Federal courts have authorized alternative service of process, including service by e-mail, where a defendant has evaded service and the proposed alternative method is reasonably calculated to provide notice of the action and an opportunity to be heard.
Requests for alternative methods of service arise when traditional methods are not possible, particularly, where a defendant has evaded service, defendant’s whereabouts are unknown, or defendant’s business is exclusively digital in nature.
Under such circumstances, courts have held that service by e-mail alone comports with due process so long as the plaintiff establishes the e-mail is likely to reach the defendant and the record discloses diligent efforts by the plaintiff to obtain a physical address to effect traditional service, the defendant conducts business online related to the subject at issue, and the defendant recently communicated using the e-mail address plaintiff proposes to use for service.
Both district and circuit courts across the country have adopted this principle:
- ECHO Health, Inc. v. Echo Payments, Case No. 0:23-cv-00741 (D.Minn. May 25, 2023): Granting plaintiff’s motion for alternative service of process via e-mail where defendant intentionally concealed its whereabouts and knowingly provided its domain name registrar with a false, incorrect, or invalid address allegedly associated with its business, thereby making service by traditional methods impossible.
- Seaboard Marine Ltd., Inc. v. Magnum Freight Corp., 2017 U.S. Dist. LEXIS 231098, 2017 WL 7796153 (S.D. Fla. Sept. 21, 2017): Authorizing service of process via e-mail where plaintiff presented evidence that defendant evaded service, refused to accept service via FedEx, and had communicated with the e-mail plaintiff proposed to use for service.
- St. Francis Assisi v. Kuwait Fin. House, 2016 U.S. Dist. LEXIS 136152 (N.D.Cal. Sept. 30, 2016): Authorizing service of process via Twitter finding it was reasonably calculated to give notice and was not prohibited by international agreement.
- FTC v. PCCare247 Inc., 2013 U.S. Dist. LEXIS 31969, 2013 WL 841037 (S.D.N.Y. Mar. 7, 2013): Holding service by e-mail and Facebook are reasonably calculated to provide defendants with notice.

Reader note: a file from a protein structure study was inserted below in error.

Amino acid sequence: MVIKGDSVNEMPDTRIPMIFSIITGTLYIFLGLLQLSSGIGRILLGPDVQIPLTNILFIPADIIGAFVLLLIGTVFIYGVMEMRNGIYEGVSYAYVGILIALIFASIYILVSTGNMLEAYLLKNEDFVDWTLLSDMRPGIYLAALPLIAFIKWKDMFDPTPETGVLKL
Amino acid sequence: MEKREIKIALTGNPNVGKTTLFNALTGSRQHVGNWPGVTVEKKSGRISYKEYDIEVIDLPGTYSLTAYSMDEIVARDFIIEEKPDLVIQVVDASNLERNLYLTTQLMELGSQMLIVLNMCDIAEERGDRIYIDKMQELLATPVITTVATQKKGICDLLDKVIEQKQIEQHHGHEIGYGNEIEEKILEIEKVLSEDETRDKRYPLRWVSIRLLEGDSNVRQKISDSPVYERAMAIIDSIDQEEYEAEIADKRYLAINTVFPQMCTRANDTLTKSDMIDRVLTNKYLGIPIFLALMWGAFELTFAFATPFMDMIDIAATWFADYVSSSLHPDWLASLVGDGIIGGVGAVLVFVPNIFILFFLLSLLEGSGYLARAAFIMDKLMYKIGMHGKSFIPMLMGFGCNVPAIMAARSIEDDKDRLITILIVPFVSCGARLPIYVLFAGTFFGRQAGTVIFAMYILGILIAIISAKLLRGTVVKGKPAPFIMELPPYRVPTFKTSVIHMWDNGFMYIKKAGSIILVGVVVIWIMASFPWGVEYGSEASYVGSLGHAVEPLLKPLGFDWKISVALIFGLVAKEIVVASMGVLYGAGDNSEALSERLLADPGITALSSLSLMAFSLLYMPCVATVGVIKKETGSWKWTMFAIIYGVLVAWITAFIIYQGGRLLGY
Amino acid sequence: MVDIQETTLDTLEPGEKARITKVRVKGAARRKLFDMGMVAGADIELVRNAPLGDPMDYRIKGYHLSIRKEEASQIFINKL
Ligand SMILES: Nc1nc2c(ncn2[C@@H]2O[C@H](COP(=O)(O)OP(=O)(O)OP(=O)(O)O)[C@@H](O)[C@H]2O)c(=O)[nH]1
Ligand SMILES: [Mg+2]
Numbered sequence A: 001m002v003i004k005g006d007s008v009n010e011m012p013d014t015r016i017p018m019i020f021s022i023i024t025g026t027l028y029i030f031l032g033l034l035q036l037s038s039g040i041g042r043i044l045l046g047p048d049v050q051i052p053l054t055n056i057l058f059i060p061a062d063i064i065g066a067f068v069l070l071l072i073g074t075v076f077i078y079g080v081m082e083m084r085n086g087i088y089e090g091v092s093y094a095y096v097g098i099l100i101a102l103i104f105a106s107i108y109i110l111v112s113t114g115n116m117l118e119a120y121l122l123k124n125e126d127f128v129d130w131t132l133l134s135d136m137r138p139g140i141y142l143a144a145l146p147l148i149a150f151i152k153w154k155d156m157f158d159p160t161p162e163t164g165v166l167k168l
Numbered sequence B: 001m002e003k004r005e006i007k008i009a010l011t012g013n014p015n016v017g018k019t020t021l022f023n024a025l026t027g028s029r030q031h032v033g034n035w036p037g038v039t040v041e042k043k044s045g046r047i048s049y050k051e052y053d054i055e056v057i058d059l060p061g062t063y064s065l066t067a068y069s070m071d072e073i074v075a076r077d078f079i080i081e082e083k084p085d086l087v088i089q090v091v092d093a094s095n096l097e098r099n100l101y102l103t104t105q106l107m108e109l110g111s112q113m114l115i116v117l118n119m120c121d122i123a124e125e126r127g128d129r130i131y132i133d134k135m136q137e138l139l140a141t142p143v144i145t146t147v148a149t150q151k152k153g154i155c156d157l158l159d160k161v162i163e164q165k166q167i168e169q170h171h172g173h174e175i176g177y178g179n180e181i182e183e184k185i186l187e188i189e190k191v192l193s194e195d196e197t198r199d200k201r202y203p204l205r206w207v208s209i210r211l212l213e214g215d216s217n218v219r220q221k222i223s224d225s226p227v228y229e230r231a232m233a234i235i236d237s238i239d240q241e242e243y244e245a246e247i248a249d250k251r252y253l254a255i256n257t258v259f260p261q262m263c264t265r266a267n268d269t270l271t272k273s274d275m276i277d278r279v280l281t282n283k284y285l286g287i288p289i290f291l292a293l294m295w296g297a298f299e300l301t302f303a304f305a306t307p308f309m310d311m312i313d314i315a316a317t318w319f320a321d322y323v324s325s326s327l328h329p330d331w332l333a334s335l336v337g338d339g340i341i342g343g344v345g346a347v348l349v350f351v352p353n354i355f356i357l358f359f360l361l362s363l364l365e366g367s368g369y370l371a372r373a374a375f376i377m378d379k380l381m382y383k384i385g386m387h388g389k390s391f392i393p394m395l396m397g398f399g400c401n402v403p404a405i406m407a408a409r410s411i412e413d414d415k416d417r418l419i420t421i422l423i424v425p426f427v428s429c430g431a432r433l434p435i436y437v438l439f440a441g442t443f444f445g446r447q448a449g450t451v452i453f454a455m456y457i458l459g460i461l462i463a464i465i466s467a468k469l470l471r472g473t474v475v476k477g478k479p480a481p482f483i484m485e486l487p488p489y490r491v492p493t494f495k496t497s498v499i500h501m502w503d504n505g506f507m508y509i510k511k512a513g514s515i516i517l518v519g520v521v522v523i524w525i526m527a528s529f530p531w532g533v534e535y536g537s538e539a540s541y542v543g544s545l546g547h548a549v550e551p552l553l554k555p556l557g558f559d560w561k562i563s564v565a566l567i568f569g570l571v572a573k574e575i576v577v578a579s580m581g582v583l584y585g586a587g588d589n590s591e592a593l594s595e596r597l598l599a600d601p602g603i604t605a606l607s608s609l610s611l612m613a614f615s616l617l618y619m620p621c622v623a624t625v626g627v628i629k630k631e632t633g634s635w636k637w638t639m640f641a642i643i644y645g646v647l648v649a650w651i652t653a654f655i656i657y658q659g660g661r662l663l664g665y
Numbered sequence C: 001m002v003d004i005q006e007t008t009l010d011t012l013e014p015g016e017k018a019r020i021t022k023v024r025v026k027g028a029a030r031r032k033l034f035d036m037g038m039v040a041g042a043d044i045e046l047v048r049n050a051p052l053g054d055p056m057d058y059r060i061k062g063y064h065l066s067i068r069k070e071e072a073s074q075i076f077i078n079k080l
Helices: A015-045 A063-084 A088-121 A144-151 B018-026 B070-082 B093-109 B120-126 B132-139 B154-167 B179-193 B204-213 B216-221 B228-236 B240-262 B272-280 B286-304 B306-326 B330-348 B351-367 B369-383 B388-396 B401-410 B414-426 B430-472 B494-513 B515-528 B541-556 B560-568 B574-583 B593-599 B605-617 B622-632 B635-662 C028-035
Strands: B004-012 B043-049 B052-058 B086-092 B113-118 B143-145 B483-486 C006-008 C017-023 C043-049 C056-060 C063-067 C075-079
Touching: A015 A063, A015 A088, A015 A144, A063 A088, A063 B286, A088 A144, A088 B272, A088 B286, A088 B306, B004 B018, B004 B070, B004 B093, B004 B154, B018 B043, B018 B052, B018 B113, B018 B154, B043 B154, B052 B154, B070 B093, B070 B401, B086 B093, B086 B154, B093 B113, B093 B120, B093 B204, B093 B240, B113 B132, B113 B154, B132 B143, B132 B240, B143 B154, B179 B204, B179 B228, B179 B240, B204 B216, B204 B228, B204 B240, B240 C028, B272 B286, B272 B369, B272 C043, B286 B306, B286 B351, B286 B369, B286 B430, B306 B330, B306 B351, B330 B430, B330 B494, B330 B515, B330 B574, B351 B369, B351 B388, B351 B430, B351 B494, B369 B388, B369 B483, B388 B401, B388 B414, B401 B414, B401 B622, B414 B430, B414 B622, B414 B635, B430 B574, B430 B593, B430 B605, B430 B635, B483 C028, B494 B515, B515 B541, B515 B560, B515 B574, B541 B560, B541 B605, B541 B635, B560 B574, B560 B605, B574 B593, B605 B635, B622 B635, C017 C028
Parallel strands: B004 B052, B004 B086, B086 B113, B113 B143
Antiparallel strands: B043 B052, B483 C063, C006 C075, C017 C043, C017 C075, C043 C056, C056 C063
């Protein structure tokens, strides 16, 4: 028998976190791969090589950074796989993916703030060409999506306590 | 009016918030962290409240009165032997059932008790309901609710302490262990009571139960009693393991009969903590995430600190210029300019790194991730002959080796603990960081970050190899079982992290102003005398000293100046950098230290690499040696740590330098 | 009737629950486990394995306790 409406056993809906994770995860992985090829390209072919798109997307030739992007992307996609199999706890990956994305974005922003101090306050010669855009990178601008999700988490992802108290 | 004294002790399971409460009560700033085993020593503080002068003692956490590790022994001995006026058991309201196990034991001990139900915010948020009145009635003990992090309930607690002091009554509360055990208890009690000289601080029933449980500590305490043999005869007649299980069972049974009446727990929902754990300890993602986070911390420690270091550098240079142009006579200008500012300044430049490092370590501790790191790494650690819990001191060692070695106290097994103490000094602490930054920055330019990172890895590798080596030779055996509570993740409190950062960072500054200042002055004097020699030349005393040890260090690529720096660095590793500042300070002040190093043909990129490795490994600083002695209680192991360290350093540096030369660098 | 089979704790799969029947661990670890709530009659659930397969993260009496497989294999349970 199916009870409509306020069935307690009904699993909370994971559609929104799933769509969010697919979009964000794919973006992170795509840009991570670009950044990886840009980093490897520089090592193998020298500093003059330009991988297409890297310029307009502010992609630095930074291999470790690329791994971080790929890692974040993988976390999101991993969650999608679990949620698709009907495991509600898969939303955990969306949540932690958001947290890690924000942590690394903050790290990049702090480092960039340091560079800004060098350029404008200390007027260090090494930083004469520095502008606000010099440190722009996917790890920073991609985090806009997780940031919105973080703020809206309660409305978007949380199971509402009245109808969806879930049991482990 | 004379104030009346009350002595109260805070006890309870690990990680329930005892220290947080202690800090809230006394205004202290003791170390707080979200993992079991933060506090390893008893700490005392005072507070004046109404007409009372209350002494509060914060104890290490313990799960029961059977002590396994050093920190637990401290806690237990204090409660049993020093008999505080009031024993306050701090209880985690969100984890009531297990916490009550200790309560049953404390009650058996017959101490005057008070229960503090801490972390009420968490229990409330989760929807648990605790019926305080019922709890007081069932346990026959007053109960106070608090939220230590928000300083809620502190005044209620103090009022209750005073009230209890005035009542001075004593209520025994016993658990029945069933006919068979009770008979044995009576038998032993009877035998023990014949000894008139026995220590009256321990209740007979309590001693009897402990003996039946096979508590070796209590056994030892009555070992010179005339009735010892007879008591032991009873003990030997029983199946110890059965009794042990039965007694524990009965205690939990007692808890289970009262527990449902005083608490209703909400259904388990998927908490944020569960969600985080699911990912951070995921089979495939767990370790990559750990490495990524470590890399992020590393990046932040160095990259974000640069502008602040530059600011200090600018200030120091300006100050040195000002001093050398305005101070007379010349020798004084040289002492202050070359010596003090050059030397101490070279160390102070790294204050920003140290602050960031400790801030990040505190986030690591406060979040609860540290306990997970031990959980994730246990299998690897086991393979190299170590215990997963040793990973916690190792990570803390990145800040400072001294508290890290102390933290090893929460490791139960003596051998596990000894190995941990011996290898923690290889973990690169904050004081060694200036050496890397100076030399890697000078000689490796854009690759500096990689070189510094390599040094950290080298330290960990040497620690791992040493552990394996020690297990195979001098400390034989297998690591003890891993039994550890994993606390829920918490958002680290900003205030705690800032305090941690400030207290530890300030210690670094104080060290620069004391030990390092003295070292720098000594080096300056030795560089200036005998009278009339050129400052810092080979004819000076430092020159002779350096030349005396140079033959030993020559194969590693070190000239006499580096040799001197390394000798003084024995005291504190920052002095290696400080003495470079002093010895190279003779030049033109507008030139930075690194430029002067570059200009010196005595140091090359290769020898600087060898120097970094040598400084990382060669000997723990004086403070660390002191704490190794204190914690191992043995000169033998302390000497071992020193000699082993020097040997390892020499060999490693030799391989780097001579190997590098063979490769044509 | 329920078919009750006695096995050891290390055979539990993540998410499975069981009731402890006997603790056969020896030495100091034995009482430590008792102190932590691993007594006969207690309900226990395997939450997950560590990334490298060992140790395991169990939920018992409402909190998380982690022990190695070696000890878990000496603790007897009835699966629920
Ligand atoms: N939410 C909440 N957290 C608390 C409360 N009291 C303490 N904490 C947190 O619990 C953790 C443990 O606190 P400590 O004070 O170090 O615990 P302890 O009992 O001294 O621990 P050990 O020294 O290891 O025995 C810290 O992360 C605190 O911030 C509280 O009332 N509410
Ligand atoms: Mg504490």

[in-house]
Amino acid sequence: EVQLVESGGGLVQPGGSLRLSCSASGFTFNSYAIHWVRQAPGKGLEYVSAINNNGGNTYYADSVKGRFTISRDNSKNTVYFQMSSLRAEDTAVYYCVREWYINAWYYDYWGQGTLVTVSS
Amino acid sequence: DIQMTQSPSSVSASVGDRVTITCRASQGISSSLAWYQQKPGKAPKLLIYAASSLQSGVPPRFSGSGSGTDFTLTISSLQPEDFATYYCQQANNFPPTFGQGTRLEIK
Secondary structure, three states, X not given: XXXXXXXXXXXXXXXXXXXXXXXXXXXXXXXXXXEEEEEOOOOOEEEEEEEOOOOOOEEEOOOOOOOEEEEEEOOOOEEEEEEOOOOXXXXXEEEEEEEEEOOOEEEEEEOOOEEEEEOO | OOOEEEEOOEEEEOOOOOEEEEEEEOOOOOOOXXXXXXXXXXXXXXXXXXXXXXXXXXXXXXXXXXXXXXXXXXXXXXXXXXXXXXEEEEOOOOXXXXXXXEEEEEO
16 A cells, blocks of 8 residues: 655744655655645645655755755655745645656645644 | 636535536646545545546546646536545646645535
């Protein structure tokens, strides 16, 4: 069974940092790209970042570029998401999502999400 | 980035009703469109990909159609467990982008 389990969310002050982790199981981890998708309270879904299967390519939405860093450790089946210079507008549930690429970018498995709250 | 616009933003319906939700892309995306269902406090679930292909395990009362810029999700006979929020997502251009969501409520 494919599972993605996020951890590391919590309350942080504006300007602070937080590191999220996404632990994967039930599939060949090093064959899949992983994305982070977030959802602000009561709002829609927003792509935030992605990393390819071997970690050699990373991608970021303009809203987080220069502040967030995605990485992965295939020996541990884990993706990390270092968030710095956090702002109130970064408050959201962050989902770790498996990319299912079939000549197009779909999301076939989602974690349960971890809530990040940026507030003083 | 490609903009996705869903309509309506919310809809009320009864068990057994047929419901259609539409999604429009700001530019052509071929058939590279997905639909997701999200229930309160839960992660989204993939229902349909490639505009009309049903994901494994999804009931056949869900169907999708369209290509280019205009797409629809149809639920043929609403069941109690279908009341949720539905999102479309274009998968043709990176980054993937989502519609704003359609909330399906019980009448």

- Power Corp. of Canada v. Power Financial, 2009 U.S. Dist. LEXIS 31058, 2009 WL 982750 (M.D. Pa. Apr. 13, 2009): Authorizing service of process via e-mail where plaintiff demonstrated service through customary methods was not possible due to defendant’s efforts to prevent plaintiff from ascertaining its physical location.
- MacLean-Fogg Co. v. Ningbo Fastlink Equip. Co., 2008 U.S. Dist. LEXIS 97241, 2008 WL 5100414 (N.D. Ill. Dec. 1, 2008): Authorizing service via e-mail where plaintiffs demonstrated the defendants transacted business online and were unsuccessful in effectuating traditional service.
- Popular Enters., LLC v. Webcom Media Group, Inc., 225 F.R.D. 560, 2004 U.S. Dist. LEXIS 26785 (E.D. Tenn. Nov. 16, 2004): Holding service upon the defendant by e-mail is fully authorized, is the method most likely to reach the defendant, and is reasonably calculated to apprise the defendant of the pendency of the action and afford it an opportunity to be heard. The Court further reasoned an e-mail sent to an e-mail address supplied by the defendant to its domain name registrar presumably reached defendant since it did not bounce back.
- Rio Props. v. Rio Int’l Interlink, 284 F.3d 1007 (9th Cir. 2002): Holding service of process by e-mail was proper not only because it was reasonably calculated to apprise the defendant of the pendency of the action and afford it an opportunity to respond, but also because it was the method of service most likely to reach the defendant.
Although the decision to allow service by alternate methods lies solely within the discretion of the court, it is clear courts agree that as technology advances, a defendant should not be allowed to evade service by confining itself to methods of communication not specifically mentioned in the Federal Rules. Courts have further recognized that when a defendant is playing hide-and-seek with the federal court, e-mail may be the only means of effecting service of process. Authorization of service by e-mail and other alternative methods under federal law ultimately seeks to prevent such gamesmanship.